Long Distance. The Dream and a Weekend.

When my husband and I were dating over 20 years ago, we lived in two cities a couple of hours apart.  Our long distance relationship lasted a little less than two years before circumstances and geography migrated into the same place.  During those years apart, Fridays were cherished and anticipated.  It was more than just looking forward to the weekend, it was the day we could be together and reconnect.  Sundays goodbyes were tough and sometimes I could get him to stay until Monday morning even though it meant leaving before sunrise.

When I began jotting my memories of those years, I asked my husband if he had fond memories of that blip in our history.  Lucky for me, he did.  "There was something special about seeing you only on the weekends.  There wasn't much time so I cherished every moment."

Isn't that just the sweetest?

So much SWOON.


Not long ago John Mayer released my new favorite song called LOVE ON THE WEEKEND and I promise you it captures our long distance love affair like John himself interviewed the two of us before making it.  It's so unfortunate that Mayer is not one of my "Famous Feathers" stories. (If you haven't checked out that tab on my blog, you should.  It's a fun look behind the scenes hanging out with a few celebrities.) John Mayer is touring and coming to a venue near me in August of this year.  I am putting positive mojo into the universe calling in the vibes that I can see him perform.  And since God loves me, maybe it'll work out that I can meet him too... ya' know...for research.

Mayer's LOVE ON THE WEEKEND is so dreamy and smooth and for me, sparks magic of the heart.  It musically paints images of wide cloudless skies, open sunroofs and holding hands over the stick shift.  Twenty years ago, Fridays ushered in all the new love feels, the butterflies and heart skipping anticipation.  This song reminds me of what it felt like to be young(er), crazy in love and have a guy willingly drive two hours just to see me.  Funny how when I think of all his trips up and down I-75, it reminds me to search for one of Mayer's classics WHY GEORGIA WHY.  I should buy that one too while I'm on my the music app listening to LOVE ON THE WEEKEND (on repeat.)

Our long distance relationship story made me think about the roads we travel and the distances we're willing to go for love or passion.  It seems easier to take those roads when you know exactly what you want.  Like that beautiful scene in Good Will Hunting, when Matt Damon's character mirrors back the same words Robin Williams character told him, "I gotta' see about a girl."  Plans and circumstances may change but when you have a girl on your heart and mind, there's not a road you won't take to be with her.  Urban Dictionary says that "see about a girl" could be anything that's important to you.

But what about the roads that are less swoon, more grief?  Less passion but more obligation.  I bet many of us would probably admit we have that ONE road we travel (figuratively or otherwise) back and forth, winding the same curves, beating the same path as if the road will miraculously lead us to another destination.  But we dead end into our round trips so much that our path has ruts in it.  We go from one end to the other, then back again with the familiar scenery, same autopilot turns, even the blind drive that warns us to slow down ahead.  My problem (it's cute that I'm pretending there's only one) is that my dead ends and road blocks are my own.  The road circles with my panicked imagination and self imposed limitations. I'm a rat in a maze that I build in my head.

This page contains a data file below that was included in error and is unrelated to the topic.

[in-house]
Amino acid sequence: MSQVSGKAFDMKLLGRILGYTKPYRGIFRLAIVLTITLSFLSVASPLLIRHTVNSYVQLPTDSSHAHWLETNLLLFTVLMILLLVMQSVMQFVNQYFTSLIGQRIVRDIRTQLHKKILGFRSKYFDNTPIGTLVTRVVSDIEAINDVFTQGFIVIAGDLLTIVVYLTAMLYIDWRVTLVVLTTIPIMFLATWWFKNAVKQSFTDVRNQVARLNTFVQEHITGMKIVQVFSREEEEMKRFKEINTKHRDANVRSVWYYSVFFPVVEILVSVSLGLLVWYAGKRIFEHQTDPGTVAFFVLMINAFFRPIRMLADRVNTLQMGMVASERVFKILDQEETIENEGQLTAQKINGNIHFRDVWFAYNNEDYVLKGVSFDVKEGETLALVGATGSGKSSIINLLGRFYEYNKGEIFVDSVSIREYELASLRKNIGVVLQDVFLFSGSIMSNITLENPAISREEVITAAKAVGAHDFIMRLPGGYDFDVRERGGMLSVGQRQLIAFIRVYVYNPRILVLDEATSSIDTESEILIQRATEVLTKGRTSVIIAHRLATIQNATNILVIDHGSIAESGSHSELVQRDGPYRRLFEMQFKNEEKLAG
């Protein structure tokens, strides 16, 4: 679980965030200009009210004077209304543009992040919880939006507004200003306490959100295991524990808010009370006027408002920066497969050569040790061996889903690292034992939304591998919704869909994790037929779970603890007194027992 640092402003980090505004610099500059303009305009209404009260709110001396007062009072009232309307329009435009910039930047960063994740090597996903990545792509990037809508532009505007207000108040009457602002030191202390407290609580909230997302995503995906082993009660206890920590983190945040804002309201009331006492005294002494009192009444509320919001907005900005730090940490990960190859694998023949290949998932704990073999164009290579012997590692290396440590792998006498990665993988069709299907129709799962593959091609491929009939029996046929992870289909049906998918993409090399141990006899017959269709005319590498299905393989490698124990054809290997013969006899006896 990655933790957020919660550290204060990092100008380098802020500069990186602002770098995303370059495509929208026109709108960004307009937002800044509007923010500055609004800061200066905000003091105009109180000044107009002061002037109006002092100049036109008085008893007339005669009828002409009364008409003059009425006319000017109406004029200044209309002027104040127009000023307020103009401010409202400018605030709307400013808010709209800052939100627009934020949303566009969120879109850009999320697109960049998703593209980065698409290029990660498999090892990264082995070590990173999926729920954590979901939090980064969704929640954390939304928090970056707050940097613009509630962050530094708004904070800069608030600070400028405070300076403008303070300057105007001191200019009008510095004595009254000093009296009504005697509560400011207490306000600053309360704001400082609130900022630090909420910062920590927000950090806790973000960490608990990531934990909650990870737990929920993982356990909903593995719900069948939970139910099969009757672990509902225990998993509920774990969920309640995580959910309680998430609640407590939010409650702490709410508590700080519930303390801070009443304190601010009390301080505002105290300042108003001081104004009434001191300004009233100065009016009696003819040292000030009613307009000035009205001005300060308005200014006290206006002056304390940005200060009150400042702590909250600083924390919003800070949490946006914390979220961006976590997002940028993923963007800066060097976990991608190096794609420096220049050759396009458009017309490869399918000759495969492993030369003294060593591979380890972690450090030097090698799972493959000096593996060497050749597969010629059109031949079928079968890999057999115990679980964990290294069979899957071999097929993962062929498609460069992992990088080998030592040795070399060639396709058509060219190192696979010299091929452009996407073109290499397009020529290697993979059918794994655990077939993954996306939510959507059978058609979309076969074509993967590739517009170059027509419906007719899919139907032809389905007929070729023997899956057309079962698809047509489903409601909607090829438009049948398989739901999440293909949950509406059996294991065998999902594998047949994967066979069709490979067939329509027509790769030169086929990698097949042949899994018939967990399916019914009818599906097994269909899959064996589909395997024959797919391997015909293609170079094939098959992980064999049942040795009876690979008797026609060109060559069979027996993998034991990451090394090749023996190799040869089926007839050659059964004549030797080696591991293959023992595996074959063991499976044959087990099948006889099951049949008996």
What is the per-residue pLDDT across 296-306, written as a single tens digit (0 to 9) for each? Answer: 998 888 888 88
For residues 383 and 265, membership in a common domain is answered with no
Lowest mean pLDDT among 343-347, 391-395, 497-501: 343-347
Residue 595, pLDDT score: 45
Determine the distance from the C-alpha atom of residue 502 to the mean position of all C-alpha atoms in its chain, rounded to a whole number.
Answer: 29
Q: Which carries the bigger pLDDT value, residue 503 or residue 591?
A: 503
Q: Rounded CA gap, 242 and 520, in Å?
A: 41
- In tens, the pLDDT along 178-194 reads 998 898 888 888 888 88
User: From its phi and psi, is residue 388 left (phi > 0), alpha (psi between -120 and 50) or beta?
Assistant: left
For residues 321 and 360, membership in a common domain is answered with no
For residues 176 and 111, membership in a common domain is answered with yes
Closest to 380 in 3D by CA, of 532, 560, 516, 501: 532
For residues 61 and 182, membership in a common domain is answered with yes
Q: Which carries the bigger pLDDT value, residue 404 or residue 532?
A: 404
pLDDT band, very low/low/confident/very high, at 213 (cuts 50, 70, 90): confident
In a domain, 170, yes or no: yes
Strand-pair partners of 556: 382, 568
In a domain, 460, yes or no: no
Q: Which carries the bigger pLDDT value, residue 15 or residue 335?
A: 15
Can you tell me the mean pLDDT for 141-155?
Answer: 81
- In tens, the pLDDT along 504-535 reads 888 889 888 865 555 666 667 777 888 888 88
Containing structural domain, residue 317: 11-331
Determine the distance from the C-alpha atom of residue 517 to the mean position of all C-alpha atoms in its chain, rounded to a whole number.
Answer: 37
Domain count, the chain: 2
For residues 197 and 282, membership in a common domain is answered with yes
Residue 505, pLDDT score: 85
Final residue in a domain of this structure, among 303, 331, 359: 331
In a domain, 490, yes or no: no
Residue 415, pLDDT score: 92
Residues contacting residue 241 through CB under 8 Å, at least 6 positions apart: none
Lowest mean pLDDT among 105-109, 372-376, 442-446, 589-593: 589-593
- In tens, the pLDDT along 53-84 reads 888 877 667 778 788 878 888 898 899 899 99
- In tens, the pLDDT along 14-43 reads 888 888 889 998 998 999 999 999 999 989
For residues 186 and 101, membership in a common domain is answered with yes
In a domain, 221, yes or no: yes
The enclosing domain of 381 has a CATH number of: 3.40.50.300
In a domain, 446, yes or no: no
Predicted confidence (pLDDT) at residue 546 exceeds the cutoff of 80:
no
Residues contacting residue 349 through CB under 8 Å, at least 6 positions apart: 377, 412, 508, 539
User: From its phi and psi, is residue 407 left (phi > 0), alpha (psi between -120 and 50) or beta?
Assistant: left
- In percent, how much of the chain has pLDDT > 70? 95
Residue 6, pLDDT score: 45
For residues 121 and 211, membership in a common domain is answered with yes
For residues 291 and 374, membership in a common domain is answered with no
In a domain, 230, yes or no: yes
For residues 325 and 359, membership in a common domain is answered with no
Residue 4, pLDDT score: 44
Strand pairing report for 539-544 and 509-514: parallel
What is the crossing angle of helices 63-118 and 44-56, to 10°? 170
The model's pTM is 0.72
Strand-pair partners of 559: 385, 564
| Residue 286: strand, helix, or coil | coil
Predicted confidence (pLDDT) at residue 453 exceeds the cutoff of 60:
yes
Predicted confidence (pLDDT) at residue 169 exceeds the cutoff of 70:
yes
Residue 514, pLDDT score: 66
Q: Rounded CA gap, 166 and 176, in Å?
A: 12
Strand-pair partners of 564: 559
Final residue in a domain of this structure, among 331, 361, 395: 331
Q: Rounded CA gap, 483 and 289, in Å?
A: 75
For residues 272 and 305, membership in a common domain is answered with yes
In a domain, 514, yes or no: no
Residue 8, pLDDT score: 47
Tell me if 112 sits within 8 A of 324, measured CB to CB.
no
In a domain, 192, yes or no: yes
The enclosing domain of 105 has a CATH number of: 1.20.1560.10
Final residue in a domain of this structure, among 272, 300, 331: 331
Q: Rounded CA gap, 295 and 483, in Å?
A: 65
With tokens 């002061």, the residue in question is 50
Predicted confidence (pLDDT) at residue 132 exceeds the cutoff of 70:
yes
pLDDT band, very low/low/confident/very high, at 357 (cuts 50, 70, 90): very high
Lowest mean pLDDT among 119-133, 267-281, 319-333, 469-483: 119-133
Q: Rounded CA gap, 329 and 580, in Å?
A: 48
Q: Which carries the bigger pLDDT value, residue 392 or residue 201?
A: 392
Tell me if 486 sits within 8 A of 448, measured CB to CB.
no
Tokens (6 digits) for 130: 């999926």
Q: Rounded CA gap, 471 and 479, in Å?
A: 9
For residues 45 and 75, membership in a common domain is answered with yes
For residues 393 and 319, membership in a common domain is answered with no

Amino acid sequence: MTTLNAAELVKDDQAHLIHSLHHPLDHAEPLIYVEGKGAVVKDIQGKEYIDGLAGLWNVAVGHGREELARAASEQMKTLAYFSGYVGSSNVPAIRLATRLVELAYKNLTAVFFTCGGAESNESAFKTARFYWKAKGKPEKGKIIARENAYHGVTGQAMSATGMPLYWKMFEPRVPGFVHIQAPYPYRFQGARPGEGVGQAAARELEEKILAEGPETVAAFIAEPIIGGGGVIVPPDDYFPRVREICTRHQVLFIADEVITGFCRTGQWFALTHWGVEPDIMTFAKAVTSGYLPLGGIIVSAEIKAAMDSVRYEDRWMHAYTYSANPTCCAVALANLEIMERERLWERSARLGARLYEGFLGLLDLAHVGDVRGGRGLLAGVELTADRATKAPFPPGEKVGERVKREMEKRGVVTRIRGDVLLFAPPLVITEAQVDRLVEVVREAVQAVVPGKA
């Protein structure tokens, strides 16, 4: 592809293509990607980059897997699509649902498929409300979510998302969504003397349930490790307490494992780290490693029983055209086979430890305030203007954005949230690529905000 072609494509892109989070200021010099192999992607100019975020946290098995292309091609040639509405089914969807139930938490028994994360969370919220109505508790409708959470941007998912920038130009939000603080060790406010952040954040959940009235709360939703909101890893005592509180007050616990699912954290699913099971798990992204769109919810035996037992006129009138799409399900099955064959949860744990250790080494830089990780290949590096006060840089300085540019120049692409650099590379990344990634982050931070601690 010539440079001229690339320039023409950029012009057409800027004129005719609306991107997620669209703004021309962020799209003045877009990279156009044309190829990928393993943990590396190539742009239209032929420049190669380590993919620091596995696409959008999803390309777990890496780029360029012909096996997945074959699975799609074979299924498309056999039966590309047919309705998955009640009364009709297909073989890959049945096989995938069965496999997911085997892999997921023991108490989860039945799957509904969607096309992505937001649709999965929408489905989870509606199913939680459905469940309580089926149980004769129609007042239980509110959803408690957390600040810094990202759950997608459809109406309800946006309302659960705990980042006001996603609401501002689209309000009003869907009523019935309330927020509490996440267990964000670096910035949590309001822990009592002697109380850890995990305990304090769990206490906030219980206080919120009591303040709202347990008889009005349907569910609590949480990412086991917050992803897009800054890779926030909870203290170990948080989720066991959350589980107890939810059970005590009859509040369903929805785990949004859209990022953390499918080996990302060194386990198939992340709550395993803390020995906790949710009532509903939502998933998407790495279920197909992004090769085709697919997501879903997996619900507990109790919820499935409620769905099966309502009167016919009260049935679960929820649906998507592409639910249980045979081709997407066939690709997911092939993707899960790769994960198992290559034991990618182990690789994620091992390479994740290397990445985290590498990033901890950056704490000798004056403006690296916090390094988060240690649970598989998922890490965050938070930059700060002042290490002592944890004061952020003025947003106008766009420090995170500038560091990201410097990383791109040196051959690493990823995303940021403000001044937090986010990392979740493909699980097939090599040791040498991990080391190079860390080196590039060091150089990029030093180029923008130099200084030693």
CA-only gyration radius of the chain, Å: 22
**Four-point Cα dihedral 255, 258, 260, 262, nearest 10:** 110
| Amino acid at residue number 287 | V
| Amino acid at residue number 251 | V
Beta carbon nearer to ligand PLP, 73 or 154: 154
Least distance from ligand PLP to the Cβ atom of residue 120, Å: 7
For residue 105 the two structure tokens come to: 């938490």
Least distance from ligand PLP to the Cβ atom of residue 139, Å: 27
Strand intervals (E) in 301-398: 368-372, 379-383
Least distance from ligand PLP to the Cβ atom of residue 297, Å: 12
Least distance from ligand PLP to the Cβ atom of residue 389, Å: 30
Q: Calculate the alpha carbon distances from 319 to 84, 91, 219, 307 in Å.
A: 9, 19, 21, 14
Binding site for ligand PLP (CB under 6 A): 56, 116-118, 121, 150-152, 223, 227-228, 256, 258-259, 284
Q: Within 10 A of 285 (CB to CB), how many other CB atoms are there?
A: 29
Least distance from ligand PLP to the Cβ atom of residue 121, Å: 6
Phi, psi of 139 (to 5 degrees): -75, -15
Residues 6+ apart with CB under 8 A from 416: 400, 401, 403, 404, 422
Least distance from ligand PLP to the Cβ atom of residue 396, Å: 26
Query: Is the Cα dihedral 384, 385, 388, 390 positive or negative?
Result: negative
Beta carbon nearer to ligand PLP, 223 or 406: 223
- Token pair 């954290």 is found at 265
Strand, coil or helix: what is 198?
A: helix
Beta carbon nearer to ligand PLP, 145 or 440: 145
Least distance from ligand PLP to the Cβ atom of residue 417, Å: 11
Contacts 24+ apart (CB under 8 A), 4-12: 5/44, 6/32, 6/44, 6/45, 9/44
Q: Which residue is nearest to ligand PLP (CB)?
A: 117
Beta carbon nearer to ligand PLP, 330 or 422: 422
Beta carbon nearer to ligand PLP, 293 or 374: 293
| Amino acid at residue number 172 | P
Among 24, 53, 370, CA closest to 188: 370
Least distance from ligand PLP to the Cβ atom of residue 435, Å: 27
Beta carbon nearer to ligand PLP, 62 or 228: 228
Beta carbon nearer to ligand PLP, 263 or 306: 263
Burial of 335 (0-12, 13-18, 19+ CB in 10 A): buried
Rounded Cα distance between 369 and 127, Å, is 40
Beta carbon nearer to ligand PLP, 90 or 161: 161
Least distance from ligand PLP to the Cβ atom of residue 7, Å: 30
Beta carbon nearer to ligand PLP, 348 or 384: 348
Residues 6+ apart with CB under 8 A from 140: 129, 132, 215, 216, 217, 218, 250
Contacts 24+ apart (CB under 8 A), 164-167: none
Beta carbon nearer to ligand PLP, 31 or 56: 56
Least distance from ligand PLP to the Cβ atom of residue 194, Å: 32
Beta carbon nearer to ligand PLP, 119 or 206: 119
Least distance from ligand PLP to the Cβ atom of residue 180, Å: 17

But taking the road LESS traveled and having the guts to get on a highway that doesn't have street lights or large green road signs can generate that love struck awe filled anticipation we've been missing.  We have no idea where we are going, what problems we'll encounter, who we'll face or if the experience is going to be positive.  We always think we have time.  Tomorrow I can accomplish great things, because it'll be a fresh start.  Next month I will be free of (insert whatever responsibility here), so then I'll be able tackle my goals.  As soon as I pay off (insert whatever debt here), then I can afford the education I need to reach my accreditation.  When I'm not so tired (insert whatever exhaustion here), I'll be able to dedicate my energy to this passion.

The time is now.  It's time to fall in love with whatever you're putting off and get the butterflies back in your stomach.  Your goals aren't high enough if they don't scare you.  If your heart's not hammering with anticipation, be braver, go deeper.  What's the new career path you want to take?  Where's the passion you've pushed off the stove so far that it's not even on the back burner?  When are you going to launch that philanthropy you've always wanted?  Who are you going to show your new skill?  What class are you going to take about something you've always wanted to learn but you were afraid to try?  If you don't have doubts and you're not scared then your goals aren't high enough.

It's time to drive the long distance for what sets you on fire.  I wish for each of you the anticipation of working Friday through Sunday on that "THING" you want until you can have it for the rest of your life, every day of the week.

What's your dream?  What's the song that reminds you to go for it?

Go see about the girl.  Go find love on the weekend.